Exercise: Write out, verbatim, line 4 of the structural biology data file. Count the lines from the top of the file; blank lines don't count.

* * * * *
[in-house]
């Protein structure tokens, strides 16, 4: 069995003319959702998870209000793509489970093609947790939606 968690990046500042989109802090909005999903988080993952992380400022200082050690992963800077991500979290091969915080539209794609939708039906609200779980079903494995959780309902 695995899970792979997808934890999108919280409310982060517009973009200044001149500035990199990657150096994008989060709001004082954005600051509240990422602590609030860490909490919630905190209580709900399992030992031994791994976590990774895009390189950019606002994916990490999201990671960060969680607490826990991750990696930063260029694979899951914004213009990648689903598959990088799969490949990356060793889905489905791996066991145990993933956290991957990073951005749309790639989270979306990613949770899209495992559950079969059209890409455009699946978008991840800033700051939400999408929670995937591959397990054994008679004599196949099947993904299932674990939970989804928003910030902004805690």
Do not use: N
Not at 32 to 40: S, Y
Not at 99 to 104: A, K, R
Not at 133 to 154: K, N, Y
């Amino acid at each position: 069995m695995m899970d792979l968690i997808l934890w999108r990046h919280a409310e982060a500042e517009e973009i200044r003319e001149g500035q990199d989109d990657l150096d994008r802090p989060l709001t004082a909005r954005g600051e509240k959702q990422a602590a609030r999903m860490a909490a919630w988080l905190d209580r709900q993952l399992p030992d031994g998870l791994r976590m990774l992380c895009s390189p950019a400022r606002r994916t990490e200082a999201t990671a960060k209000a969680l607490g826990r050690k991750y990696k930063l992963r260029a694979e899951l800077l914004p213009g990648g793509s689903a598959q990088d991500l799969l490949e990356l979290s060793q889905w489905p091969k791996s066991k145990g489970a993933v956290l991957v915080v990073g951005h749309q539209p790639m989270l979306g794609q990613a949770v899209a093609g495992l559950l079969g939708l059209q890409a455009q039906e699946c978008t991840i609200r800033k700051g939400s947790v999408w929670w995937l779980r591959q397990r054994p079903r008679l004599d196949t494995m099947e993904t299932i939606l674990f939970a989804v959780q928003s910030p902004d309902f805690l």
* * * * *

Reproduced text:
Not at 32 to 40: S, Y